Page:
We'll start with a simple example showing how to call C++ methods from Java. We'll then extend this example to show how to support the observer pattern. The observer pattern, in addition to being one of the cornerstones of object-oriented programming, serves as a nice example of the more involved aspects of integrating C++ and Java code. We'll then build a small program to test our Java-wrapped C++ object, and we'll end with a discussion of future directions for Java.

Calling C++ from Java

What's so hard about integrating Java and C++, you ask? After all, SunSoft's Java Tutorial has a section on "Integrating Native Methods into Java Programs" (see Resources). As we'll see, this is adequate for calling C++ methods from Java, but it doesn't give us enough to call Java methods from C++. To do that, we'll need to do a little more work.

As an example, we'll take a simple C++ class that we'd like to use from within Java. We'll assume that this class already exists and that we're not allowed to change it. This class is called "C++::NumberList" (for clarity, I'll prefix all C++ class names with "C++::"). This class implements a simple list of numbers, with methods to add a number to the list, query the size of the list, and get an element from the list. We'll make a Java class whose job it is to represent the C++ class. This Java class, which we'll call NumberListProxy, will have the same three methods, but the implementation of these methods will be to call the C++ equivalents. This is pictured in the following object modeling technique (OMT) diagram:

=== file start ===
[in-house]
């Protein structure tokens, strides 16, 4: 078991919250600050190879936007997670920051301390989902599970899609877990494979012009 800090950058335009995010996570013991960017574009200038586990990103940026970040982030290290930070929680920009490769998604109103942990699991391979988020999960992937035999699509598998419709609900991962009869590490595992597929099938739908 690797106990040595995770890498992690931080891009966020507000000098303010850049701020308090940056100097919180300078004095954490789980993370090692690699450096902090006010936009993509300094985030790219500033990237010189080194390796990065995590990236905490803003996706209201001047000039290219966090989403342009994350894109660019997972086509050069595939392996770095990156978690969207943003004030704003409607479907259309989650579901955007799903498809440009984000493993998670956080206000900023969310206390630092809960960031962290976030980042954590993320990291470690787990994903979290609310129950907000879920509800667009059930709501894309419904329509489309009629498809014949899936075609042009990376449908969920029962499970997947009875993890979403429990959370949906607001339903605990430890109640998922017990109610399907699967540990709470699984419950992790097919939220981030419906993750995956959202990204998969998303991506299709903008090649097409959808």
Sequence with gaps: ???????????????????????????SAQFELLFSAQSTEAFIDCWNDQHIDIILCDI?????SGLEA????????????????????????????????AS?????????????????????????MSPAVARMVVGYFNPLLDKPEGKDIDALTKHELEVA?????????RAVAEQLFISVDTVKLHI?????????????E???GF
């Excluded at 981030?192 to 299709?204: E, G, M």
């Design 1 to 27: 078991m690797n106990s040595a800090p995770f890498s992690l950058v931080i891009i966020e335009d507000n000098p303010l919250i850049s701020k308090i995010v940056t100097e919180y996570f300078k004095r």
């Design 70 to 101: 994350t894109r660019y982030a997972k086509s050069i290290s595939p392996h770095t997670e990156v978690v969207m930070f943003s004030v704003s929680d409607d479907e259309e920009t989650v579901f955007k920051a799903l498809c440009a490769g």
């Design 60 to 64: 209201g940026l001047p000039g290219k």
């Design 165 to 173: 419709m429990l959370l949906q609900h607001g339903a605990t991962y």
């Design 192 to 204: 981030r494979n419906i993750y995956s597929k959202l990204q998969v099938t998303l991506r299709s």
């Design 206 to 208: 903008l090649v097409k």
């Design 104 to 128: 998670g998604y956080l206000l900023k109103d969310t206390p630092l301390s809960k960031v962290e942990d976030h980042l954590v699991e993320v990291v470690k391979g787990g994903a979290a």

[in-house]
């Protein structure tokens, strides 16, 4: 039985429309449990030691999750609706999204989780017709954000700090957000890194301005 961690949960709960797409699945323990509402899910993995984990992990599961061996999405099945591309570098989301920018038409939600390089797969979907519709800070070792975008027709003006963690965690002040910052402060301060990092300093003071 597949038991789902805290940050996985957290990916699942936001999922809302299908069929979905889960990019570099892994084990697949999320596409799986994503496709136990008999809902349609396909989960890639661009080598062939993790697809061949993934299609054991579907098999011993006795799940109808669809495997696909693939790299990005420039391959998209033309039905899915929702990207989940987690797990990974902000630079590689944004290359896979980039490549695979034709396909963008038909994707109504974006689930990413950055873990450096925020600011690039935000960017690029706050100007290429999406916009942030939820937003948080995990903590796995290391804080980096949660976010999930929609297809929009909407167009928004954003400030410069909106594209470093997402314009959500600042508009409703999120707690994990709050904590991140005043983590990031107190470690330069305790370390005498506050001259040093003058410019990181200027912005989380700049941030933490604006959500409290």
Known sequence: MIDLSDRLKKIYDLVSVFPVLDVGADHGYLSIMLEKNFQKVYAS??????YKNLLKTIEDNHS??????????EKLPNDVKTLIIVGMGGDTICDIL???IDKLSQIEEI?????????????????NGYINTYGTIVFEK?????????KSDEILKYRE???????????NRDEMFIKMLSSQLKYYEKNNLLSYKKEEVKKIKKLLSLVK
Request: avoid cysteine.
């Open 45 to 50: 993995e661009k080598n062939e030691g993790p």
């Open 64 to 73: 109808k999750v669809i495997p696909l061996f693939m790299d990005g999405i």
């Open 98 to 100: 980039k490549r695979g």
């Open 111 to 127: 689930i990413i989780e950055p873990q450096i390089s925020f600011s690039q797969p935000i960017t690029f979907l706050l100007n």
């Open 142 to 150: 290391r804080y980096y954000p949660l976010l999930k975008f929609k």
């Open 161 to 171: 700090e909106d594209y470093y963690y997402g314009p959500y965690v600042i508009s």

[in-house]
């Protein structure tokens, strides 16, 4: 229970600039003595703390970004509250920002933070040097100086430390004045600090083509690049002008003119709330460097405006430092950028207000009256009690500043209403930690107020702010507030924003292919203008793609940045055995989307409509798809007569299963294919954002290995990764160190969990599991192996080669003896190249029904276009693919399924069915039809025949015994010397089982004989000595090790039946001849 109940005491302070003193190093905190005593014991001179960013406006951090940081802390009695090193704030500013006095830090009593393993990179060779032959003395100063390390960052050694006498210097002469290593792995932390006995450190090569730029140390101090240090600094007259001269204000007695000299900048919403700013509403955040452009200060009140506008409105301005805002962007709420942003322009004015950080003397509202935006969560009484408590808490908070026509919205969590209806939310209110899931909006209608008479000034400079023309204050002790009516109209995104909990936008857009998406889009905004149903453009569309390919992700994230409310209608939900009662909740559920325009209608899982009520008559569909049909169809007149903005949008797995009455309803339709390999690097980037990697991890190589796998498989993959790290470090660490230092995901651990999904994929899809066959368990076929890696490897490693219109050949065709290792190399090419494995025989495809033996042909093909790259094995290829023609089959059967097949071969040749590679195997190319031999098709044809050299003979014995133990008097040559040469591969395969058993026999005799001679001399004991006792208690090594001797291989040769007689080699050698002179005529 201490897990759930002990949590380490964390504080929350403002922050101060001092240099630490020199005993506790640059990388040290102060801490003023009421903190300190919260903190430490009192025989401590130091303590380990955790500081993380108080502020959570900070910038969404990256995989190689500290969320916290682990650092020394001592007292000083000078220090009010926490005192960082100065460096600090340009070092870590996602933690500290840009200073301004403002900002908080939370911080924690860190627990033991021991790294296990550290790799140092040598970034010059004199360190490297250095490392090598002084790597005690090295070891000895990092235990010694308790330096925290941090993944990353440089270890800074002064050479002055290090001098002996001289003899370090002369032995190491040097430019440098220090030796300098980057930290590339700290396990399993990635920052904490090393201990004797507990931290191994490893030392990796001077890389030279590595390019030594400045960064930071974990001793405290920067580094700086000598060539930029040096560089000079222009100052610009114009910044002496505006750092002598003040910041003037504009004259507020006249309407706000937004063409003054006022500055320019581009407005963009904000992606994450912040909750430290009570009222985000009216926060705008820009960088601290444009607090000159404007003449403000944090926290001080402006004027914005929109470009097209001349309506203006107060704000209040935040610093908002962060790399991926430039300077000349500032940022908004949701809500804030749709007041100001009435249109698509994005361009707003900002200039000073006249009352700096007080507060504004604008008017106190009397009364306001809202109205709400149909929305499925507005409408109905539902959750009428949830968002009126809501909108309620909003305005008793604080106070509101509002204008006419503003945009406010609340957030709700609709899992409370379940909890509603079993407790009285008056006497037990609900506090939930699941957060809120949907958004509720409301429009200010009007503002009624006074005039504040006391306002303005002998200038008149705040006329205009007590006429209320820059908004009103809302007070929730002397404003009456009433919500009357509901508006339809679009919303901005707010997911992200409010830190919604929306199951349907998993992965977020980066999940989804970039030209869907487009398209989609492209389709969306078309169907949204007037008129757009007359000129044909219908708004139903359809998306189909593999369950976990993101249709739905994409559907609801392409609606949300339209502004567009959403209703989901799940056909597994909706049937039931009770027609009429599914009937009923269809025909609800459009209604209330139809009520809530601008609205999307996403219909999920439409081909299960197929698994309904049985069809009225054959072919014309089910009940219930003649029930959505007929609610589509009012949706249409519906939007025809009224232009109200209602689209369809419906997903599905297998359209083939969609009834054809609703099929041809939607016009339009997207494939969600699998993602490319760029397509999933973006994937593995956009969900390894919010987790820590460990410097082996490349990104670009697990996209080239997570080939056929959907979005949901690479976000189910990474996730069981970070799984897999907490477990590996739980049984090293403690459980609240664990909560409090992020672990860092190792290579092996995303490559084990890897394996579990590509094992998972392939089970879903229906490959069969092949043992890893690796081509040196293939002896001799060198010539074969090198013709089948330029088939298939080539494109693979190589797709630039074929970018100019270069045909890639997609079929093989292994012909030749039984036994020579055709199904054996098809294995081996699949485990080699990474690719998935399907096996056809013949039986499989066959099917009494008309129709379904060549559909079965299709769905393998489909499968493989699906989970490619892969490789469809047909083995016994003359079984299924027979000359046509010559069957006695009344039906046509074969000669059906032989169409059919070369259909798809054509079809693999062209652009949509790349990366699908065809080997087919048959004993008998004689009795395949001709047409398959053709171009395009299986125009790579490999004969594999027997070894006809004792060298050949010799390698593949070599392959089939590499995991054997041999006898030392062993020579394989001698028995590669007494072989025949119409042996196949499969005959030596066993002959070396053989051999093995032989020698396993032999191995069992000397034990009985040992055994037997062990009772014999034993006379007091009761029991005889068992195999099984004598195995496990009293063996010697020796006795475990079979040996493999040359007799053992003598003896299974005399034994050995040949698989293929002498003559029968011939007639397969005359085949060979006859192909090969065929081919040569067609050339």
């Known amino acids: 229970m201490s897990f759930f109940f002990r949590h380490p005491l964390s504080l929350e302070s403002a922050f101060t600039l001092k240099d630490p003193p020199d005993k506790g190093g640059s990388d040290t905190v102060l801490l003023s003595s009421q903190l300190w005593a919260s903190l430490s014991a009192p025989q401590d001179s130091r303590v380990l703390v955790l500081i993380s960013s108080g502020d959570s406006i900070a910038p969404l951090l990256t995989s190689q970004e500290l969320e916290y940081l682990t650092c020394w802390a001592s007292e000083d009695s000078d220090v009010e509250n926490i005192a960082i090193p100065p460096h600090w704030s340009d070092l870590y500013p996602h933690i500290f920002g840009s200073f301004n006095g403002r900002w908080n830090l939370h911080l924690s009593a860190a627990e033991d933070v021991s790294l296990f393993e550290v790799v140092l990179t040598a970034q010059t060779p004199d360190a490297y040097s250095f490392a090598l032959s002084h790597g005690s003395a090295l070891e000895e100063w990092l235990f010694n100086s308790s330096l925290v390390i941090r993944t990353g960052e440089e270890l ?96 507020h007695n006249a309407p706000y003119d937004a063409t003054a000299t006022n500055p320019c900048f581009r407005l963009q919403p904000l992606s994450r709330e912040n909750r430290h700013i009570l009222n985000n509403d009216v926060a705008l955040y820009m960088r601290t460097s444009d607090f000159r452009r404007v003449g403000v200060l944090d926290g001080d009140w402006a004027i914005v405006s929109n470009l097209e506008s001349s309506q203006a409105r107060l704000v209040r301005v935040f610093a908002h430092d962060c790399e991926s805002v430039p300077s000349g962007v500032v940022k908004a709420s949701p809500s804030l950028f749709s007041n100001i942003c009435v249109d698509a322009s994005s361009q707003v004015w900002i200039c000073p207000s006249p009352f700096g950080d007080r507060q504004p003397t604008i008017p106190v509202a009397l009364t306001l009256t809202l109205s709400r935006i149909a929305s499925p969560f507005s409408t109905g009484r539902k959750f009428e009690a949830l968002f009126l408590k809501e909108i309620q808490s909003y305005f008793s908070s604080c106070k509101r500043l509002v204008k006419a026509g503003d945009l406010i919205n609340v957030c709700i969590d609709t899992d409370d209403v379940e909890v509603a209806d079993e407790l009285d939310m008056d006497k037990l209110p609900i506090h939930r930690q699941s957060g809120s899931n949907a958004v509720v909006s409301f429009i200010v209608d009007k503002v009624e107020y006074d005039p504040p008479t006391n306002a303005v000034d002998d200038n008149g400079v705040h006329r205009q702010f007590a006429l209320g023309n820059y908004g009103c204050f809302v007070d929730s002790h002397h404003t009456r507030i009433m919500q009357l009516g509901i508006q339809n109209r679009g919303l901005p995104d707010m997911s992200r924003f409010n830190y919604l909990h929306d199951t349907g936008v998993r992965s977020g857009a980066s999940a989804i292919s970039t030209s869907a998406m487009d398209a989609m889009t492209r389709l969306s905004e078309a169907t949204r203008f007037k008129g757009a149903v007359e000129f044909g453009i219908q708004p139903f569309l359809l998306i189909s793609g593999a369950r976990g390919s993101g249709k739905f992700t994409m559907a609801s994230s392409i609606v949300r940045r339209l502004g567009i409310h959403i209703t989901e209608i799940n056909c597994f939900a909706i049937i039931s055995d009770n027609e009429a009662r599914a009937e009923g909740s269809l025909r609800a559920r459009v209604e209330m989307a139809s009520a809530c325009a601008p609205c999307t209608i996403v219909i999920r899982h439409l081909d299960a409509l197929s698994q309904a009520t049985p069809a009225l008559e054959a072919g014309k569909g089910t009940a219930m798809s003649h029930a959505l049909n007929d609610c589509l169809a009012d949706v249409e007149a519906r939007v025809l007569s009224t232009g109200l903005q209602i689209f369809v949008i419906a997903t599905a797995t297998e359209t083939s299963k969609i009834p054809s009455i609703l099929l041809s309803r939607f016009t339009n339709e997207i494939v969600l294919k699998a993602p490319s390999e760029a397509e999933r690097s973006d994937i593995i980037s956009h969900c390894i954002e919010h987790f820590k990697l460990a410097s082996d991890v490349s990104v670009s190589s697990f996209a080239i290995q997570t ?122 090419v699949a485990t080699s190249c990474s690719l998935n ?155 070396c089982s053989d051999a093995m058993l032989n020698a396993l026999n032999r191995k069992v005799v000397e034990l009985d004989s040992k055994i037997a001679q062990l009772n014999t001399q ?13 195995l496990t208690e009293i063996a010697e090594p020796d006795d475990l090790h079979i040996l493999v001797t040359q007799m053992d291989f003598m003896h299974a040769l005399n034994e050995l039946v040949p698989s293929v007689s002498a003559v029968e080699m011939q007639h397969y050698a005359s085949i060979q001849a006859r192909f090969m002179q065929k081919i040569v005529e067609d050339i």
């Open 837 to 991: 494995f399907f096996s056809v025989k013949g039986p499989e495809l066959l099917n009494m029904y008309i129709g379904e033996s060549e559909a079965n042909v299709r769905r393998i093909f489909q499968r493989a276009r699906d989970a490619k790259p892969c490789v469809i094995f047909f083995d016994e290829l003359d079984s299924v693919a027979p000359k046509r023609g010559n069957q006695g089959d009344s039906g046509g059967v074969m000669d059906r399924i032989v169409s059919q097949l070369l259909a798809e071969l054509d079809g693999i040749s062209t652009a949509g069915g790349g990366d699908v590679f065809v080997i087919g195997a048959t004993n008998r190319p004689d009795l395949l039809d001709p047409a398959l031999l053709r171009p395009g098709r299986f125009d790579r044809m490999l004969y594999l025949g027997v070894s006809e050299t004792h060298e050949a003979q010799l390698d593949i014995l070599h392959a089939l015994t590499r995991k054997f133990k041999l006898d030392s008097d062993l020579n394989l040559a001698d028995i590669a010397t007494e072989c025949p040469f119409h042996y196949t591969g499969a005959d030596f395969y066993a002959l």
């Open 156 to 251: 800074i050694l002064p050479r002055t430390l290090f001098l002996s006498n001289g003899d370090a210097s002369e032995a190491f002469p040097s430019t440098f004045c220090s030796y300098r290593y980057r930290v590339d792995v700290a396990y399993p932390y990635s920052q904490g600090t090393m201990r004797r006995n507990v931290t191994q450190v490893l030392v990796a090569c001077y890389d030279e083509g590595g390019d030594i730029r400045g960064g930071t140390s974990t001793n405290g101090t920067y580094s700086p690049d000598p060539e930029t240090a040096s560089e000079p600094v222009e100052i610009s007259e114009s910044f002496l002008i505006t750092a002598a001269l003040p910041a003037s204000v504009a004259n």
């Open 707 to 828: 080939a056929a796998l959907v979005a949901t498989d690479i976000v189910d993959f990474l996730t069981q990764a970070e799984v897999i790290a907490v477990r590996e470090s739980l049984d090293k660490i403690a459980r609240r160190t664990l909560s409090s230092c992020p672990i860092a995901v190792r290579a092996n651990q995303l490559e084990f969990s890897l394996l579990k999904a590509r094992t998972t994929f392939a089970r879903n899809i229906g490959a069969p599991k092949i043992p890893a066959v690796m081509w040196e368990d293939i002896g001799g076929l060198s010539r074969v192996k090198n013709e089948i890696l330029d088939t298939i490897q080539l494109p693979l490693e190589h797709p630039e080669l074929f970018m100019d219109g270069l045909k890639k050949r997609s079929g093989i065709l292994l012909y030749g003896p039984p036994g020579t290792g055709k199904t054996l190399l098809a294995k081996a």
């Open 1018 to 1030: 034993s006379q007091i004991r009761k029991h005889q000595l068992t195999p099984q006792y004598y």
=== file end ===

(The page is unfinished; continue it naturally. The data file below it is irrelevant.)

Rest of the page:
A Java instance of NumberListProxy needs to hold onto a reference to the corresponding C++ instance of NumberList. This is easy enough, if slightly non-portable: If we're on a platform with 32-bit pointers, we can simply store this pointer in an int; if we're on a platform that uses 64-bit pointers (or we think we might be in the near future), we can store it in a long. The actual code for NumberListProxy is straightforward, if somewhat messy. It uses the mechanisms from the "Integrating Native Methods into Java Programs" section of SunSoft's Java Tutorial.

A first cut at the Java class looks like this:

     public class NumberListProxy {
        static {
            System.loadLibrary("NumberList");